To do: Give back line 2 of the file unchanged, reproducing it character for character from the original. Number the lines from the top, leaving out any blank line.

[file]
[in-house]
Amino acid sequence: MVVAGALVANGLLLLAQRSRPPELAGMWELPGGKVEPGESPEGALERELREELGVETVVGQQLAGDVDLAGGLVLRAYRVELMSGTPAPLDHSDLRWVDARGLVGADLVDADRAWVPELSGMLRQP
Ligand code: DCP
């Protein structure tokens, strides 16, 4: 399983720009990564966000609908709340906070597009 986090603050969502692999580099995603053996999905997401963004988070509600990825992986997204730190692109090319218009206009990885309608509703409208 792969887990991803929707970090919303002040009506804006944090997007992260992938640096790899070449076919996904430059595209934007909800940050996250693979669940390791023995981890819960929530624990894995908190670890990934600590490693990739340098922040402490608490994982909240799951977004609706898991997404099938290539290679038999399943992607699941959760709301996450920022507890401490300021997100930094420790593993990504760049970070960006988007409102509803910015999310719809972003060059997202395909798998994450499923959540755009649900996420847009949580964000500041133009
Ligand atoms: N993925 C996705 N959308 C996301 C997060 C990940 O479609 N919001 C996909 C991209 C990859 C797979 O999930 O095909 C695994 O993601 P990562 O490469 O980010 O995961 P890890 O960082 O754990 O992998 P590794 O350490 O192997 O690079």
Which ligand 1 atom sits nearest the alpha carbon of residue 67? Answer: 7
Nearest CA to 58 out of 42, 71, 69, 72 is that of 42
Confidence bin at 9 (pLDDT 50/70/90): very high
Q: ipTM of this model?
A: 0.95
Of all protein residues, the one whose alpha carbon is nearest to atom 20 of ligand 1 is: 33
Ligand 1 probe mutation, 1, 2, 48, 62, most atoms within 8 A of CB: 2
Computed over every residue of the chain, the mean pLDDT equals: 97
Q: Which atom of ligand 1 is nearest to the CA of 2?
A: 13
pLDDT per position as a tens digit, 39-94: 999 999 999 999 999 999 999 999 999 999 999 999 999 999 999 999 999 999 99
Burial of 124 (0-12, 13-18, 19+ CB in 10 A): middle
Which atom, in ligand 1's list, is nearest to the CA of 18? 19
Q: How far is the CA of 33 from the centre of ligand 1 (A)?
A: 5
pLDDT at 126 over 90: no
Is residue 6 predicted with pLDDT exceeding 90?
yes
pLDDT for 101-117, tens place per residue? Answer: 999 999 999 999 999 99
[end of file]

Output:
Amino acid sequence: MVVAGALVANGLLLLAQRSRPPELAGMWELPGGKVEPGESPEGALERELREELGVETVVGQQLAGDVDLAGGLVLRAYRVELMSGTPAPLDHSDLRWVDARGLVGADLVDADRAWVPELSGMLRQP